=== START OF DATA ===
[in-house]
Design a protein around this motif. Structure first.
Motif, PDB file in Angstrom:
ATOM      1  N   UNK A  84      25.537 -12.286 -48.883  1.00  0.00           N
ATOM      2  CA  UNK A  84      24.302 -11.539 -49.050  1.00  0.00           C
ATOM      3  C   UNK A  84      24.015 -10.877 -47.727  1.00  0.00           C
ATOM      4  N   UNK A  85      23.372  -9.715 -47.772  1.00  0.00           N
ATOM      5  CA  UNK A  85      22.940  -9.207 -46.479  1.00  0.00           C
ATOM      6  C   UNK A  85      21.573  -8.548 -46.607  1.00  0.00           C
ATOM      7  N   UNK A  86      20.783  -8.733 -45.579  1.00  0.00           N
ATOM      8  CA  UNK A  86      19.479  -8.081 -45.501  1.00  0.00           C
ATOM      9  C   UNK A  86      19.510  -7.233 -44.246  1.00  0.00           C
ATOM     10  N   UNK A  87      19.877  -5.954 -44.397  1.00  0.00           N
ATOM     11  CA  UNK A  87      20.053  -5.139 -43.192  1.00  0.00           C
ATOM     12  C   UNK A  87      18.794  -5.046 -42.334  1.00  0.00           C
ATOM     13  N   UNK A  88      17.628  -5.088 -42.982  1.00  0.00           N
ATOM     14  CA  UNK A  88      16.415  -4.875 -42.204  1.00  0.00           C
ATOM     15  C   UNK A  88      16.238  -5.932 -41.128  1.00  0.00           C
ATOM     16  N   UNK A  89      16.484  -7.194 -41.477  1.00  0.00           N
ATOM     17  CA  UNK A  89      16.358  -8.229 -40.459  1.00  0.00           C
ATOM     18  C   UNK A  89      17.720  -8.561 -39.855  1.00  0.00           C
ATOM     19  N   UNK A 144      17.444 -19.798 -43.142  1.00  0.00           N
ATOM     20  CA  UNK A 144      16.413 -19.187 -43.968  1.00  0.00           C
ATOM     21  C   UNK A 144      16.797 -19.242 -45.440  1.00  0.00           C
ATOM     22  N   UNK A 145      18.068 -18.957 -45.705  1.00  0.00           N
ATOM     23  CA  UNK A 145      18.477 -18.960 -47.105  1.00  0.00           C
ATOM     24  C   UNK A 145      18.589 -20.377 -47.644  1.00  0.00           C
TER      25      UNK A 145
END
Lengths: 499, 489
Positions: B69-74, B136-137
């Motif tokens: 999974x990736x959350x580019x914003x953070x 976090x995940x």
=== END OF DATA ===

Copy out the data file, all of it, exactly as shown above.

[in-house]
Design a protein around this motif. Structure first.
Motif, PDB file in Angstrom:
ATOM      1  N   UNK A  84      25.537 -12.286 -48.883  1.00  0.00           N
ATOM      2  CA  UNK A  84      24.302 -11.539 -49.050  1.00  0.00           C
ATOM      3  C   UNK A  84      24.015 -10.877 -47.727  1.00  0.00           C
ATOM      4  N   UNK A  85      23.372  -9.715 -47.772  1.00  0.00           N
ATOM      5  CA  UNK A  85      22.940  -9.207 -46.479  1.00  0.00           C
ATOM      6  C   UNK A  85      21.573  -8.548 -46.607  1.00  0.00           C
ATOM      7  N   UNK A  86      20.783  -8.733 -45.579  1.00  0.00           N
ATOM      8  CA  UNK A  86      19.479  -8.081 -45.501  1.00  0.00           C
ATOM      9  C   UNK A  86      19.510  -7.233 -44.246  1.00  0.00           C
ATOM     10  N   UNK A  87      19.877  -5.954 -44.397  1.00  0.00           N
ATOM     11  CA  UNK A  87      20.053  -5.139 -43.192  1.00  0.00           C
ATOM     12  C   UNK A  87      18.794  -5.046 -42.334  1.00  0.00           C
ATOM     13  N   UNK A  88      17.628  -5.088 -42.982  1.00  0.00           N
ATOM     14  CA  UNK A  88      16.415  -4.875 -42.204  1.00  0.00           C
ATOM     15  C   UNK A  88      16.238  -5.932 -41.128  1.00  0.00           C
ATOM     16  N   UNK A  89      16.484  -7.194 -41.477  1.00  0.00           N
ATOM     17  CA  UNK A  89      16.358  -8.229 -40.459  1.00  0.00           C
ATOM     18  C   UNK A  89      17.720  -8.561 -39.855  1.00  0.00           C
ATOM     19  N   UNK A 144      17.444 -19.798 -43.142  1.00  0.00           N
ATOM     20  CA  UNK A 144      16.413 -19.187 -43.968  1.00  0.00           C
ATOM     21  C   UNK A 144      16.797 -19.242 -45.440  1.00  0.00           C
ATOM     22  N   UNK A 145      18.068 -18.957 -45.705  1.00  0.00           N
ATOM     23  CA  UNK A 145      18.477 -18.960 -47.105  1.00  0.00           C
ATOM     24  C   UNK A 145      18.589 -20.377 -47.644  1.00  0.00           C
TER      25      UNK A 145
END
Lengths: 499, 489
Positions: B69-74, B136-137
């Motif tokens: 999974x990736x959350x580019x914003x953070x 976090x995940x």